Is e-filing really a better way to file your taxes?
Americans and the IRS might not agree on everything, but they’re largely on the exact same page in regards to e-filing individual income tax returns.
Nearly all individual income tax returns submitted to the IRS are e-filed. E-filing is popular as it’s a win-win for taxpayers and the IRS.
And in return, you could get any refund you are owed faster, especially in the event that you have it directly deposited into your bank accounts.
But what about security? And can digital filing really provide you access to all the forms you may need if you’ve got a intricate tax situation? Are there situations when you can not e-file? Let’s look at the advantages of e-filing, and whether it may be the best filing option for your needs.
If you are thinking about e-filing, a Few of the advantages include:
- Quick confirmation your forms have been obtained: The IRS will affirm a tax filing has been received within one day of digital submission. For paper filers, the IRS doesn’t send any acknowledgment your forms have arrived safely.
Timely refunds: When you submit a paper filing, it may take six to eight months to be given a tax refund. With e-filing, you’ll receive your money in 3 weeks or not. Choosing direct deposit may also accelerate the refund process.
Reduced chance of errors: According to the IRS, there is around a 1% error rate on e-filed returns, compared with a 20% speed of errors on paper filings. The IRS also provides more information on issues discovered on e-filed returns compared with paper yields.
Simple payment process: If you owe the IRS money, it is easier to pay at your advantage when you e-file. You can submit returns early and pay later if necessary, provided that you pay by the April 15 filing deadline. You also have the option to pay your balance by using the IRS Immediate pay service from your checking account or savings accounts, submitting a credit card through a payment processor for a fee, or paying by check or money order.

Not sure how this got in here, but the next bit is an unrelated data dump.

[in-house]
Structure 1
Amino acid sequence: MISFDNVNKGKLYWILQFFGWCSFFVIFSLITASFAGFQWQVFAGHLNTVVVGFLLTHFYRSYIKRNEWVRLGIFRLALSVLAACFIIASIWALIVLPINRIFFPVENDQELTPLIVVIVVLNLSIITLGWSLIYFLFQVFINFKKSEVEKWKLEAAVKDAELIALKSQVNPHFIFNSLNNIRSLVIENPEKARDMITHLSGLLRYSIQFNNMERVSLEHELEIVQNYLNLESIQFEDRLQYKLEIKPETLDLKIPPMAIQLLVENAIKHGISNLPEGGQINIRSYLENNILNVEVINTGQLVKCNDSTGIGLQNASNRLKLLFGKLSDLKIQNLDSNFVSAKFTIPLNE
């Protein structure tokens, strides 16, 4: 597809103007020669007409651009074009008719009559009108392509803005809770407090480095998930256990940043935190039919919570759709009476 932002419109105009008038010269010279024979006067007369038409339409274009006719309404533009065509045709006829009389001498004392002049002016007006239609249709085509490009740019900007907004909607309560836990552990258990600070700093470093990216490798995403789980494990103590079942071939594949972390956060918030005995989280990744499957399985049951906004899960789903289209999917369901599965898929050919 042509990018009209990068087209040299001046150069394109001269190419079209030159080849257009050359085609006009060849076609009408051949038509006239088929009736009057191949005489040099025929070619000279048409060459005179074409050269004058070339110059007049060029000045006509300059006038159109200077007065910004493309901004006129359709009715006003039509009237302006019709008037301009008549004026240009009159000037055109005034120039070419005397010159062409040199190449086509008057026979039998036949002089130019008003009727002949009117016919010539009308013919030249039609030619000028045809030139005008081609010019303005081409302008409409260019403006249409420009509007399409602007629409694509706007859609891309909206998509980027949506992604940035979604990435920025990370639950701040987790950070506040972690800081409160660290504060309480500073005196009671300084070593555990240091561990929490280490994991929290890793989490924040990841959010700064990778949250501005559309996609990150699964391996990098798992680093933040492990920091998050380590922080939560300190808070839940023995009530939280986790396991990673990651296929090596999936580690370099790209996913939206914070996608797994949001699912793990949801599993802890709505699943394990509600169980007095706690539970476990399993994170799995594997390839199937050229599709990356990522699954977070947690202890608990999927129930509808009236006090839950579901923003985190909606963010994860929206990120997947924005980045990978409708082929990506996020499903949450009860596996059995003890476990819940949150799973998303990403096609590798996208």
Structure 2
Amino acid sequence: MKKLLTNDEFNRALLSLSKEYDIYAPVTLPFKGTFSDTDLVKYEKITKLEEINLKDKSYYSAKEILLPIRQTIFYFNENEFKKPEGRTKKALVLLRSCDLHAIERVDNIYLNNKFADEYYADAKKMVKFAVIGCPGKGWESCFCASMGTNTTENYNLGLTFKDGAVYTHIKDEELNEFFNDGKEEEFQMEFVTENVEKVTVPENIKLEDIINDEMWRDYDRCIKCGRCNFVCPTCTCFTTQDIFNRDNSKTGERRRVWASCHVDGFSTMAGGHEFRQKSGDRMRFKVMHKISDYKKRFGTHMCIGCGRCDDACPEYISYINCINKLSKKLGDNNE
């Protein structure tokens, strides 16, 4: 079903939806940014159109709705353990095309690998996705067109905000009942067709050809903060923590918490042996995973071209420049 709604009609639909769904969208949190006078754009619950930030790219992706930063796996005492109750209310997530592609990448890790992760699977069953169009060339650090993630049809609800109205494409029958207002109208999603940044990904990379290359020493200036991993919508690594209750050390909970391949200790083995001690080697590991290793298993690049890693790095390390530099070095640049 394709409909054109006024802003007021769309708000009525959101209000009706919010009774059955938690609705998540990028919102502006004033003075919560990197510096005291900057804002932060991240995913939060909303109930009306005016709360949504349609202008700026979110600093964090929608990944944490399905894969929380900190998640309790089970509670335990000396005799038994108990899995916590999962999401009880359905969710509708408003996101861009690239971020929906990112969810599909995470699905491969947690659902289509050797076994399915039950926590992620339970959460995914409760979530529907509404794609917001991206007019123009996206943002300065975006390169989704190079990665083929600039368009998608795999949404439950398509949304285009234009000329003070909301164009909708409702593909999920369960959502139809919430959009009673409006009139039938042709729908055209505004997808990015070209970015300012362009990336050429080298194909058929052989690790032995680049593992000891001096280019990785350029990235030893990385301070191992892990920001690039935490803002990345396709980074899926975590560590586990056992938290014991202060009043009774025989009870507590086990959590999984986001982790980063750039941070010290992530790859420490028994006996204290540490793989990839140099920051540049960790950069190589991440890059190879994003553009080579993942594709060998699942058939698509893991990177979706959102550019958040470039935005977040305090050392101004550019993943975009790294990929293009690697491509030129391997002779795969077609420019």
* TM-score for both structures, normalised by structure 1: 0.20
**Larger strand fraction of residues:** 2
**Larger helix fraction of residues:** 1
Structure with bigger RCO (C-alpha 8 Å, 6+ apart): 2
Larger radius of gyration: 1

Digital storage of tax data: Submitting returns electronically implies there’s a digital backup of your tax documents. So if something happens to your paperwork, then you’ll have an electronic backup.
The good news: Most taxpayers do opt to e-file and find those advantages — and the practice of doing so is easy.
The way to e-file a tax return?
Employing online tax preparation software is far and away the favored approach of most taxpayers. In fact, the IRS says it anticipated more than four in five tax returns to be submitted through tax return prep software.
Is e-filing really stable?
While e-filing is suitable, you may worry about security — especially with so many data breaches. But experts agree this isn’t an issue that should deter you by e-filing.
“In actuality, it may be more secure than paper filing since you’re sending your personal information through an encrypted network rather than exposing your information in the mail.”
Dennis Chow, vice president of data security at SCIS Security, explains that the IRS has put security measures in place to keep your data secure. “Vendors typically utilize IRS specific APIs that require token sessions,” Chow says. “All of this can be routed over TLS encrypted connections.”
It is important to employ a trustworthy service that will help you file your taxes. Chow advises not to e-file on a public computer or utilize an internet connection that isn’t private.
For most taxpayers, it is sensible to e-file a yield since it’s the most convenient way to file your tax information to the IRS and it allows for timely refunds and easy payment options. Just be certain that you use tax preparation software from a trusted source, so you may ensure the information which you supply to transmit to the IRS is going to be kept secure.